Growing Wiser through Reflection, Let Us Help Taiwan's Hospice Care to Move Forward

HFT secretariat

Taiwan's performance has always been among the best in the global Assessment of Quality of Death and Dying. However, besides the outstanding results, the feedback and advice from these assessments are what we really should be paying attention to. We should learn from the shortcomings and continue to improve to provide those in need with our comprehensive services.

After a two-year survey, in 2021, the Journal of Pain and Symptom Management ranked 81 countries worldwide in terms of the Quality of Death and Dying. Taiwan ranked third in the world and the first in Asia. This assessment result is after two similar surveys were conducted in 2010 and 2015.

image resource: Finkelstein et al. (2021). Cross Country Comparison of Expert Assessments of the Quality of Death and Dying 2021.

In these three global ranking surveys, Taiwan consistently received favorable results. To go deep into the reasons, we can see that in terms of care, policy, economic and social environment aspects, as well as high coverage of National Health Insurance and the support from the government, are all making  positive impacts.  Quite frankly, Taiwan's excellent performance is worth publicizing.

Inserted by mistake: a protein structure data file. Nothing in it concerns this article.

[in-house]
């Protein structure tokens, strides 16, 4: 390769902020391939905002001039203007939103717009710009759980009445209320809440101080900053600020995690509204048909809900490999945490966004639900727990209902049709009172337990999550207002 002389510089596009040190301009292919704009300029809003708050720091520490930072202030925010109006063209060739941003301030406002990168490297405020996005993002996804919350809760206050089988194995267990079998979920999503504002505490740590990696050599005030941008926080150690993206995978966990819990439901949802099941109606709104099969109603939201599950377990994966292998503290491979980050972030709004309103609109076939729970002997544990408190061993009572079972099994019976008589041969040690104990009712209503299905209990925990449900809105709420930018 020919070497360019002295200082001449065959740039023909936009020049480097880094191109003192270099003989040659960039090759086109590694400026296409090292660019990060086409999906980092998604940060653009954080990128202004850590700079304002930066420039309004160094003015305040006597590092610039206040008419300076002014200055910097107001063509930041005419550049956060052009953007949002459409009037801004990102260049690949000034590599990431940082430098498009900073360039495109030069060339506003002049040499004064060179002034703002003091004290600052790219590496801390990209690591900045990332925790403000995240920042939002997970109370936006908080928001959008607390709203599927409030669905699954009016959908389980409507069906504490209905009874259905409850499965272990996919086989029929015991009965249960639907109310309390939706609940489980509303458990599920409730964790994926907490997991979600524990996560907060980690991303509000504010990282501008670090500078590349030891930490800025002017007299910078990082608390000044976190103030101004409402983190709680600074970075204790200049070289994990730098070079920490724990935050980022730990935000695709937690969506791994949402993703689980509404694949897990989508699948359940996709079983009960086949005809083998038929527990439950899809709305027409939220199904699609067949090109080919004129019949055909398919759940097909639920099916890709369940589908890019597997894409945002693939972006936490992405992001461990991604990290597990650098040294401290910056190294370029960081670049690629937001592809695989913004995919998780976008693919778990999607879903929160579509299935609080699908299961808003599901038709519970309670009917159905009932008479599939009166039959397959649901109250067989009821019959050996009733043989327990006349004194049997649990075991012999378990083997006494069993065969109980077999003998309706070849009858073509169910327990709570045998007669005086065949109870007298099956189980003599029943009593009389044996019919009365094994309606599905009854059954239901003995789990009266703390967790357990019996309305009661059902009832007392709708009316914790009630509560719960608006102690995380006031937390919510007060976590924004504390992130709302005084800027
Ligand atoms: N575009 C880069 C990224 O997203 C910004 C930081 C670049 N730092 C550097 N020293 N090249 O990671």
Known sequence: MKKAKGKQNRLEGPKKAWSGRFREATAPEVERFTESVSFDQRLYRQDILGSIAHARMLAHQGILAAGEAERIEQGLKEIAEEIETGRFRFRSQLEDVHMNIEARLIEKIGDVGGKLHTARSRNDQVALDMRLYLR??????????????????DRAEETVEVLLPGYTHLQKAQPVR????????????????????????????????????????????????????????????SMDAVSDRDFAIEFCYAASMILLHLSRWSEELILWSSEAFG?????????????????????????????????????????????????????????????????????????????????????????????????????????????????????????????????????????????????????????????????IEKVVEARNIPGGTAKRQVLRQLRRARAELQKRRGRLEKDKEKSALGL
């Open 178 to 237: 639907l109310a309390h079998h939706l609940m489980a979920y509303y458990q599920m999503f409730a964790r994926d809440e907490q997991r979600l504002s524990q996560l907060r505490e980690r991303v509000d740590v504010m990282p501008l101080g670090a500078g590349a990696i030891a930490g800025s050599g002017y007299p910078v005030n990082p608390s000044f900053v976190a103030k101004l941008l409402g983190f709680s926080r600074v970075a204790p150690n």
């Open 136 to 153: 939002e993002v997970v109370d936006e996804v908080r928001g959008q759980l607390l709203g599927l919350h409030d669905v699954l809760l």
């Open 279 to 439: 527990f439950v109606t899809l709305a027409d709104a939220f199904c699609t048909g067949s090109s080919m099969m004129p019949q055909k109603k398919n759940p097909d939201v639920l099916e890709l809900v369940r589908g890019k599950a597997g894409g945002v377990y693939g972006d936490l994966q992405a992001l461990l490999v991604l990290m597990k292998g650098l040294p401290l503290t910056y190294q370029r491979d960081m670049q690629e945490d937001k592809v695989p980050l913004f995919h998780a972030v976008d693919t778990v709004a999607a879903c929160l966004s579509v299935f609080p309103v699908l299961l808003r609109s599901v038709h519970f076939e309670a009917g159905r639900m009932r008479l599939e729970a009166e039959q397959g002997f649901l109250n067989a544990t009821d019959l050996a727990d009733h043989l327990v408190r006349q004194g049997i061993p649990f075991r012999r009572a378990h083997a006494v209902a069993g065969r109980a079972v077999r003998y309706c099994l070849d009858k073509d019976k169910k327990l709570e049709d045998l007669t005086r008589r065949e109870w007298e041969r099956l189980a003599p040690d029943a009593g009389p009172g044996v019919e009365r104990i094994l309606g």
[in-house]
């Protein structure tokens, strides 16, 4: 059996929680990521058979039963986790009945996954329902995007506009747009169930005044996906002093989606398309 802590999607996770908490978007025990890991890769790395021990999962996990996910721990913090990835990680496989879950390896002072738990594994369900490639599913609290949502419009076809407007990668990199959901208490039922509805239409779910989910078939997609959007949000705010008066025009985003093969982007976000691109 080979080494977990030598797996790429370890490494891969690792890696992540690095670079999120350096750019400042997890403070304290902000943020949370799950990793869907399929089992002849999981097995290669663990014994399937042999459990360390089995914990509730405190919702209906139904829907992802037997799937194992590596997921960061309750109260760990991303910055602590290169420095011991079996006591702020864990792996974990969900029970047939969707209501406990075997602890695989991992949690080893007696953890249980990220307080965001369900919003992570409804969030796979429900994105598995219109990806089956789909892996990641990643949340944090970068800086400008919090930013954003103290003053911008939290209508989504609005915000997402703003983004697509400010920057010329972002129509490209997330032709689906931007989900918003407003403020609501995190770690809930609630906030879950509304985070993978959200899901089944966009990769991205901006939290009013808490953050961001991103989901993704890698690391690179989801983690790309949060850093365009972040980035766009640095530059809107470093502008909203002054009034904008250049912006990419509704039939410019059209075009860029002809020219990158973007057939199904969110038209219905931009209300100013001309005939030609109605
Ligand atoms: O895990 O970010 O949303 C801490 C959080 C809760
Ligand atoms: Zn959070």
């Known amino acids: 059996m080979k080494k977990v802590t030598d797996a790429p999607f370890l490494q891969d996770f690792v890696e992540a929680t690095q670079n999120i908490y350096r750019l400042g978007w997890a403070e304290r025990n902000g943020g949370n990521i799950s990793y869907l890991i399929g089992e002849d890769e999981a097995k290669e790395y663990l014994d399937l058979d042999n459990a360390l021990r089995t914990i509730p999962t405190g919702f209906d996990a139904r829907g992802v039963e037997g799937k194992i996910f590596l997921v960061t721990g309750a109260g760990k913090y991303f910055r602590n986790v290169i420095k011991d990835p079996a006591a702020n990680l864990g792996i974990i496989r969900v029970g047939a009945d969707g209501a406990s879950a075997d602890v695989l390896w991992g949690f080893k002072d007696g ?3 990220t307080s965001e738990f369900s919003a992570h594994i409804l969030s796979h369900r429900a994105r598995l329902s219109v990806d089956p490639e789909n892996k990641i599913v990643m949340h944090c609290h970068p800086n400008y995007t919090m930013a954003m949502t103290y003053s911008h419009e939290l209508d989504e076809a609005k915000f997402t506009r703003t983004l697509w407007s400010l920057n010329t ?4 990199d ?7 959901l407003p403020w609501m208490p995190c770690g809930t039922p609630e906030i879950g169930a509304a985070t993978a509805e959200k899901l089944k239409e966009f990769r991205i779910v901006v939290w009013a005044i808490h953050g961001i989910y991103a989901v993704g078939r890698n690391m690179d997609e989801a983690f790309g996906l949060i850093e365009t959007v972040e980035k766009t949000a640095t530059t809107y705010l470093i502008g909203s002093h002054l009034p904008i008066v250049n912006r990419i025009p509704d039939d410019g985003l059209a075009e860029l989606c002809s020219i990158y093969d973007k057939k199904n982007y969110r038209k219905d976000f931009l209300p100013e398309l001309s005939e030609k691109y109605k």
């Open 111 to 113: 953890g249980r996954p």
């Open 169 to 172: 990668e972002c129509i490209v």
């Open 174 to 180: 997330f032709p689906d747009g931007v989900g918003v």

Reflection and Review to Make Up for Deficiencies

Although Taiwan's performances were outstanding, we did not forget to go back and review each underperforming area.  We wanted to face the problems and identify the lessons so that we can progress even further.

In 2010, the Economist Intelligence Unit (EIU) announced that it was commissioned by the Lien Foundation in Singapore to evaluate the Quality of Death Index in 80 countries and regions worldwide. What we saw in that report was not merely Taiwan’s 14th place in the overall ranking, but it pointed out that Taiwan's "Availability of End-of-life Care" is still lacking, and this aspect ranked 19th and far below the overall ranking (14th). Thus, Taiwan started to promote Type B Hospice Care[1] to increase the accessibility of the services.  Over time, more and more associations were established to provide hospice care so that this weak part of Taiwan's hospice is gradually filling up.

In 2015, Taiwan's global ranking made substantial progress compared with 2010. This time, Taiwan ranked in 6th place. We were still checking the comments and found that among the 50 EIU evaluation items, Taiwan ranked a lowly 24th in the "Quality of Care for Individual Patients," "Human Resources," and "Education."  Furthermore, Taiwan ranked 26th in the "Shared Decision-making" element.  Although the overall 6th place ranking is worthy of applause, these low-ranking items are undoubtedly warning messages to us on the need to continued improvement.

Therefore, Taiwan has increased the importance of "Shared Decision-making," which is now listed as one of the evaluation items in the hospital’s patient evaluations.  Meanwhile, we have also strengthened the medical staff and supplemented training.  In just a few years, the above efforts have had noticeably positive results.